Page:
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A Family Affair 

Two sisters have returned home, hoping to leave their mark on the region's rising restaurant scene

click to enlarge Lynette (left) and Abby Pflueger have cooked all over the country and now lend their skills to Santé's renowned kitchen. - YOUNG KWAK
  • Young Kwak
  • Lynette (left) and Abby Pflueger have cooked all over the country and now lend their skills to Santé's renowned kitchen.

Sisters Abby and Lynette Pflueger have spent the better part of the past decade cooking and baking their way across the United States.

From Florida to Hawaii and up to the Northeast, the Spokane natives gradually moved up in the hospitality industry, working at retirement homes, grocery store bakeries and major chains. They say it's the perfect job for wanderlust types, because there are work opportunities essentially anywhere you go.

Even so, the Pflueger sisters chose to come back home a few years ago, and probably at no better time. They're contributing firsthand to the Inland Northwest's evolving culinary culture, as more and more locally owned eateries dot the urban landscape.

Lynette, 32, is the executive pastry chef for Santé Restaurant and Charcuterie, as well as its counterpart Common Crumb Bakery and the forthcoming Inland Pacific Kitchen. Abby, 29, is sous-chef at Santé.

These roles also happen to be the sisters' second stints working for award-winning Chef Jeremy Hansen, who owns both ventures with his wife Kate. Years back, Lynette worked as a part-time pastry chef at Santé, and Abby spent a short time washing dishes there before setting out again across the country.

"They're perfect for the team," Hansen says. "They're both very hard workers and they're passionate about what they're doing, and they care about the people around them."

It's not the first time the two have worked together for a common employer. Lynette, who graduated from culinary school at the Art Institute of California in 2006, recruited Abby to take a job at a bakery that Lynette was working at in Connecticut. Abby had no experience in professional baking or cooking, but she took on the challenge, learning as much as she could on the job and from Lynette.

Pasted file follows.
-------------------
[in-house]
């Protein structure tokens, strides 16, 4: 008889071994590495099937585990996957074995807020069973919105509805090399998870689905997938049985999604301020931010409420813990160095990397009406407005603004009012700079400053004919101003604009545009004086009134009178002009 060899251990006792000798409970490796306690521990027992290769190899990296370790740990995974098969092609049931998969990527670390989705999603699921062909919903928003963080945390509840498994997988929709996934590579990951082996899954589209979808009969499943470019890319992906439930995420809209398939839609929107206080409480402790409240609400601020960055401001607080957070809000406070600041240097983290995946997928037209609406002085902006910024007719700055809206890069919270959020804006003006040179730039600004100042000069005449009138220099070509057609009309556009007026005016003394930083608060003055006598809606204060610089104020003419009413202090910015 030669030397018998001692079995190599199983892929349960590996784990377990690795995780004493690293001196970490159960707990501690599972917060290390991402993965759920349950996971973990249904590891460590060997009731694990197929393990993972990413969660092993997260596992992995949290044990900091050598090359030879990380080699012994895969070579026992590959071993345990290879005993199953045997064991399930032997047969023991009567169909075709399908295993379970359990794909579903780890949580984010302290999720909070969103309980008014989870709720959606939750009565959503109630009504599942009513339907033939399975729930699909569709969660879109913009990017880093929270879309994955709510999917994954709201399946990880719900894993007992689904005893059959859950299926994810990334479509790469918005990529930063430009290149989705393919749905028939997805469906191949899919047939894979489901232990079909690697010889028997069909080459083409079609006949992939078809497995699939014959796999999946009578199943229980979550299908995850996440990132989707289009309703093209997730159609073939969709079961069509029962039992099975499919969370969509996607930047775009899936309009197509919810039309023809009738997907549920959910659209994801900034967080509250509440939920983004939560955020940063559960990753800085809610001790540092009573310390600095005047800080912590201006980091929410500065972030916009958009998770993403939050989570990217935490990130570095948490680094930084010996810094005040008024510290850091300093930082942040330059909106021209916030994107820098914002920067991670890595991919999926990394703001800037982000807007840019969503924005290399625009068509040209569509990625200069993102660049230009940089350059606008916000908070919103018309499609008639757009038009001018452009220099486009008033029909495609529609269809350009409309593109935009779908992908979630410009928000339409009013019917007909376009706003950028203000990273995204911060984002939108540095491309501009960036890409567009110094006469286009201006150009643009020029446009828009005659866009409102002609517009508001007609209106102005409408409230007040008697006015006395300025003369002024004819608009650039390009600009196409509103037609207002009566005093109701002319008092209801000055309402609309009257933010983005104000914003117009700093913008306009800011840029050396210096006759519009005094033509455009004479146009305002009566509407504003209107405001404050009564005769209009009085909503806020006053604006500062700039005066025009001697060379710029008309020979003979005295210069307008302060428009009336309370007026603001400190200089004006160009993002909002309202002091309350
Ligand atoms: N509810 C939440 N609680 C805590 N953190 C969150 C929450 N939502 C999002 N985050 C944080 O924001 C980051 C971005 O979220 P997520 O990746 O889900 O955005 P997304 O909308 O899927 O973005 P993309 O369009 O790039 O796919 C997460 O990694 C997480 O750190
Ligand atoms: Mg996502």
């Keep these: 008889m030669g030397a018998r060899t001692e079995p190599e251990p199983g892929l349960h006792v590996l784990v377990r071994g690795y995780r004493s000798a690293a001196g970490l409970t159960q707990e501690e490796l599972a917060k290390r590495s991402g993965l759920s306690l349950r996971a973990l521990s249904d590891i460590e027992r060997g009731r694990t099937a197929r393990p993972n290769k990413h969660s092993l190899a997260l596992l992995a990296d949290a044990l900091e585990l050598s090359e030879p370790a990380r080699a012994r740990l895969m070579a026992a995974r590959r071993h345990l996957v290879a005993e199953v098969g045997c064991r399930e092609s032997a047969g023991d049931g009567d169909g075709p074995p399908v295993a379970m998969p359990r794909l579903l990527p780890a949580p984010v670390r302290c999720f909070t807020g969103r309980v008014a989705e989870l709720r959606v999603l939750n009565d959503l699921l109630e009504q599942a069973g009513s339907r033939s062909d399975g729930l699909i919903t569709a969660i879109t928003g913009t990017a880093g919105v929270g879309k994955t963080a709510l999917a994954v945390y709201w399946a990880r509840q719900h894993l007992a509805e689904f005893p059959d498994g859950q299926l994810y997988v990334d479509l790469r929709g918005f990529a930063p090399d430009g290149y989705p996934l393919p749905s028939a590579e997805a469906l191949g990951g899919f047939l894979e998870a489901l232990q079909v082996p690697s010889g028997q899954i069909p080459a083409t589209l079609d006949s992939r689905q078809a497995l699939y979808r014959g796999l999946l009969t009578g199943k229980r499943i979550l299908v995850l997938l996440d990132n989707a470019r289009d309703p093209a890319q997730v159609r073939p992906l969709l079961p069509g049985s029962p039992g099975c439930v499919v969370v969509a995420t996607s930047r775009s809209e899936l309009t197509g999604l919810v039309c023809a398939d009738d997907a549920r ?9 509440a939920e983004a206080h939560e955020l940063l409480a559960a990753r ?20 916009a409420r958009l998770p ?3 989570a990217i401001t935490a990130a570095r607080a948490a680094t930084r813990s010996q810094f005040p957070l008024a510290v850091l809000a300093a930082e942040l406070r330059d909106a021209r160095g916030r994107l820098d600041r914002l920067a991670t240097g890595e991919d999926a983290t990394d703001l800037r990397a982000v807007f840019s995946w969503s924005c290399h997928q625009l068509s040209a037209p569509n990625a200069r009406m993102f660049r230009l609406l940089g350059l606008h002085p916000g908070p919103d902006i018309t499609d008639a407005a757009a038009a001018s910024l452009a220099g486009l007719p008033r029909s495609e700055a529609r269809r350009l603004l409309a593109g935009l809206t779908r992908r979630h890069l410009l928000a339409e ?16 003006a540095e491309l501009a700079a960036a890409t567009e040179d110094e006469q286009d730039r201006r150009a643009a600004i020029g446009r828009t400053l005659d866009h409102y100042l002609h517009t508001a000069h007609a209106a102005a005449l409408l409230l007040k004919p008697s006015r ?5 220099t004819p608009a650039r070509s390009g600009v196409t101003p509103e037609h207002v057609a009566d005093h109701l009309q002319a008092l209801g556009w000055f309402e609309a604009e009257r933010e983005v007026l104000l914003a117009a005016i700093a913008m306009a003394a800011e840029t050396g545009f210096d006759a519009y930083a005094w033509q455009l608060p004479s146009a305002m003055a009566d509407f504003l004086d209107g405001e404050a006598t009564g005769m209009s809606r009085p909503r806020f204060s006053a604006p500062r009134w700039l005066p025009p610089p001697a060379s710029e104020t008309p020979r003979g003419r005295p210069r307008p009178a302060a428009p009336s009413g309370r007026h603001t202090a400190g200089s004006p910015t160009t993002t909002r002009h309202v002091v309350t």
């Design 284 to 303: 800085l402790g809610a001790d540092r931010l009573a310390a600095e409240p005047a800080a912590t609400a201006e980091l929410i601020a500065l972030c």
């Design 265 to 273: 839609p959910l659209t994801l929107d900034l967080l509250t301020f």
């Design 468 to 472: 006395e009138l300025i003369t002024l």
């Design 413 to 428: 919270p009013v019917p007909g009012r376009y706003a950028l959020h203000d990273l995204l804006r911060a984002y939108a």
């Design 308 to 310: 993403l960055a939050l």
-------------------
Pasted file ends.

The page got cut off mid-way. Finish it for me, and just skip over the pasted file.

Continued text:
"She was a great teacher and inspired me to learn and grow more and work harder," Abby recalls. "She kept moving up, and I wanted to move up, too."

Though the urge to pack up and start a new adventure in a different state still lingers for both women, the Pflueger sisters are happy to be home and near family again. They don't plan to leave again anytime soon.

"Every day is exciting," says Abby. "We do a lot of special dinners, and the menu changes constantly here with what we can get from farmers that's local and fresh. There's room to change and grow, and we have the opportunity to help open another restaurant."

She's referring to Hansen's next two projects, Hogwash Whiskey Den and Inland Pacific Kitchen, both set to open later this year in the Washington Cracker Co. Building.

Also this fall, the sisters will join Hansen as part of a small culinary team traveling to New York City to prepare a meal at the renowned James Beard Foundation, an esteemed, invitation-only opportunity.

"One thing I'm excited about with the stuff going on here is that you have the opportunity to move around and do different things without having to change your job, which is not a sustainable way to live your life," explains Lynette. After returning to Spokane in the fall of 2014, she jumped right into helping the Hansens open Common Crumb, an invaluable and entirely new experience for her.

Food has always been a major part of the sisters' lives. Lynette has fond childhood memories of helping her parents and grandmother in the kitchen. Their mother often made bread, and Lynette would summon all her strength to hold the bowl and keep it from rocking while their mom kneaded the dough. Going to culinary school was not a long-term goal she had growing up, but it seemed like a natural fit.

"I remember a couple years into it talking to my older sister about how I learned to do something from our grandma, and my sister didn't remember," Lynette recalls. "It seems like a lot of my memories were about food, and she didn't really remember that, so when we had that discussion, I was like, 'Maybe I chose the right career.' That's comforting."

As much as they enjoy the creativity and learning opportunities their careers offer, the sisters agree it's not without challenges, the least of which are the long, nontraditional work hours. Abby and Lynette's schedules are completely opposite — bakery shifts start between 3 and 6 am, while Abby's restaurant work begins in the midday. On days off they share together, the sisters often head to their mom's to cook dinner, or she prepares a Sunday night dinner for them.

"We've always thought of it as a way of showing love and appreciation," Abby says. "Cooking a meal for the family and having everyone sit down to eat." ♦

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